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Yes, that really is my name ...

June 3, 2008 - Summer Wallace-Minger
Alternate title: "Yeah, calling me 'Winter' or 'Autumn' is actually very funny, and I haven't heard that one before."

Hi, my name is Summer Dawn, and it says so on my birth certificate and everything. Sometimes, with the questions my name gets, I feel like freaking Ponyboy Curtis.

Whenever I tell anyone my name, they either think I've said "Heather" or they ask me "Like the season?" Yes, like the season. In fact, I've taken to saying it that way, too.

"My name is Summer-like-the-season."

People ask if I was born in the summer. No, I wasn't. My birthday is in October, if you want to get me something.

People ask if my parents were hippies. My parents both graduated high school in the late-seventies, so I guess it's safe to say they weren't.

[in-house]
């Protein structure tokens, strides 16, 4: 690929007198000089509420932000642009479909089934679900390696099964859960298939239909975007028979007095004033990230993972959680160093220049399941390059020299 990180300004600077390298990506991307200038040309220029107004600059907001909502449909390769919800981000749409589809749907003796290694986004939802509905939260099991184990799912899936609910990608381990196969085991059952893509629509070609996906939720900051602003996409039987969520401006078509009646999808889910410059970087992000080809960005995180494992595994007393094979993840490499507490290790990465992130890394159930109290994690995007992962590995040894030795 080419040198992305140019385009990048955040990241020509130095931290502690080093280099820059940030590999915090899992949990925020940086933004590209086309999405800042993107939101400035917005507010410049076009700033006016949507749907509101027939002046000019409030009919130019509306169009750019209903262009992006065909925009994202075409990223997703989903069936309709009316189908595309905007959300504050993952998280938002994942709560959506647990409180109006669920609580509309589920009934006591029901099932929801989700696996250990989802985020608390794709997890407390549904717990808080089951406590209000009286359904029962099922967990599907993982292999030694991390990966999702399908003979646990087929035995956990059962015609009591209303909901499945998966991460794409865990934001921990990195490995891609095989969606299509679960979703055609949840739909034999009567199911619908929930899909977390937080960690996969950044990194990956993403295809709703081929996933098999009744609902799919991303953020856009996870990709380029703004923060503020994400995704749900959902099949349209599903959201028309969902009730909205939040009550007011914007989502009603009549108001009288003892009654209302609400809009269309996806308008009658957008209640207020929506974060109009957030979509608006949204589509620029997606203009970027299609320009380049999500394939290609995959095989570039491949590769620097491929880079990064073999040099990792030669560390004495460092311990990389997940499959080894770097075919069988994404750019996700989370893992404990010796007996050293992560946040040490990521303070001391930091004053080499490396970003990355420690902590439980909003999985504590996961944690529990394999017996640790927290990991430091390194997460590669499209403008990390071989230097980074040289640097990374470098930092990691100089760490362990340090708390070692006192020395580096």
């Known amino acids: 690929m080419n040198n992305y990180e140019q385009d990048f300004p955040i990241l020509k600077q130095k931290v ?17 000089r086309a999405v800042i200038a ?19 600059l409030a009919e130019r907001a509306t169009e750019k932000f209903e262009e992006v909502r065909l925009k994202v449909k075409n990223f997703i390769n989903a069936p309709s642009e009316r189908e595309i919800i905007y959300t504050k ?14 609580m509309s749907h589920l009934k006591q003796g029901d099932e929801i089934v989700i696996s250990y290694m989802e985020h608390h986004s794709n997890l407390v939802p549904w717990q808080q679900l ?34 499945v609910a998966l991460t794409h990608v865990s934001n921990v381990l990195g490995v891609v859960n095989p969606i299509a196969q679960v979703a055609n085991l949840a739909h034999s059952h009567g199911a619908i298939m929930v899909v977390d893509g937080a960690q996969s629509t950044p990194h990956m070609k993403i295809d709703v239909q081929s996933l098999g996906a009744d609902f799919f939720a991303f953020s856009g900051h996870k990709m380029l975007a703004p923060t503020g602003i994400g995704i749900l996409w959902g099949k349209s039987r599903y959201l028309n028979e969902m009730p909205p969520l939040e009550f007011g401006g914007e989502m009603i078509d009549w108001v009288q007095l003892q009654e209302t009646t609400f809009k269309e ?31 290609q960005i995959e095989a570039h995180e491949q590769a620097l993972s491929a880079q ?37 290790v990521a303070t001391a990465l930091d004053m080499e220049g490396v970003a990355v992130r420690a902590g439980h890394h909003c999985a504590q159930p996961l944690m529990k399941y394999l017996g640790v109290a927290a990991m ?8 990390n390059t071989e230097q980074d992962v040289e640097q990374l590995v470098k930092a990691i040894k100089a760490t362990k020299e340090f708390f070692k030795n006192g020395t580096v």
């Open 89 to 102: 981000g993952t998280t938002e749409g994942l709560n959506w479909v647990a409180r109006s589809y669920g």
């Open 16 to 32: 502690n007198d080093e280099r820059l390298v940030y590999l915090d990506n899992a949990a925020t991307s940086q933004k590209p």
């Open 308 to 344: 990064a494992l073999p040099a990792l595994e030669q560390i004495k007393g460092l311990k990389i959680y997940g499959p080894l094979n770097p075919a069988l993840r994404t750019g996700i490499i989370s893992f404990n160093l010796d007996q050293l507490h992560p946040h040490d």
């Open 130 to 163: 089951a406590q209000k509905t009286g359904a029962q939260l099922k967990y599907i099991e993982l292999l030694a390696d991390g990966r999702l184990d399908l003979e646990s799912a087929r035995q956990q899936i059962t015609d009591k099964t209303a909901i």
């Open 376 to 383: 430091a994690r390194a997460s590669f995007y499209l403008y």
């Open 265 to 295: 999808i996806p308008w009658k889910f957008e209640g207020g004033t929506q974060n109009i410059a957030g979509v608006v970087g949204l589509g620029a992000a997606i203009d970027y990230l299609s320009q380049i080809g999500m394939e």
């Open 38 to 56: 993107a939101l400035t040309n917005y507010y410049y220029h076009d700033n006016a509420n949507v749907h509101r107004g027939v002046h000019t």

I like my middle name, Dawn. It's ordinary; I went through a period in which I tried to change my name to either Dawn or Katy. It didn't work. My family insisted on callling me Summer, Summer Dawn or Sum.

It took me until I was twelve to get my name. "Oh ... like ... dawn in the summer time ... okay, I get it." Don't laugh. It was always just my name; I bet you don't know what YOUR name means, or even have really thought about it. A name turns into a verbal handle, and you don't think about it's meaning.

I don't understand people who like unusual names. They have no idea. You just want to fill out some paperwork or buy some motor oil, and you get twenty questions.

Or even better, you get those people who think it's the height of hilarity to make some season-related pun out of my name. Firstly, they really aren't that clever; it's really obvious. Secondly, it's only the 53,479 time I've heard it, so don't expect me to be too amused. It wasn't funny the first time.

So how did I get this name? I get that question a lot, too. My parents wanted to name me "Sunshine." If there has ever been a less "sunshine" person in the history of the world, I have yet to meet him or her.

One of my aunts, perhaps forseeing the trauma this would inflict, hurriedly suggested a "less scarring" alternative. It stuck. Thanks, Aunt Darlene.

I think.


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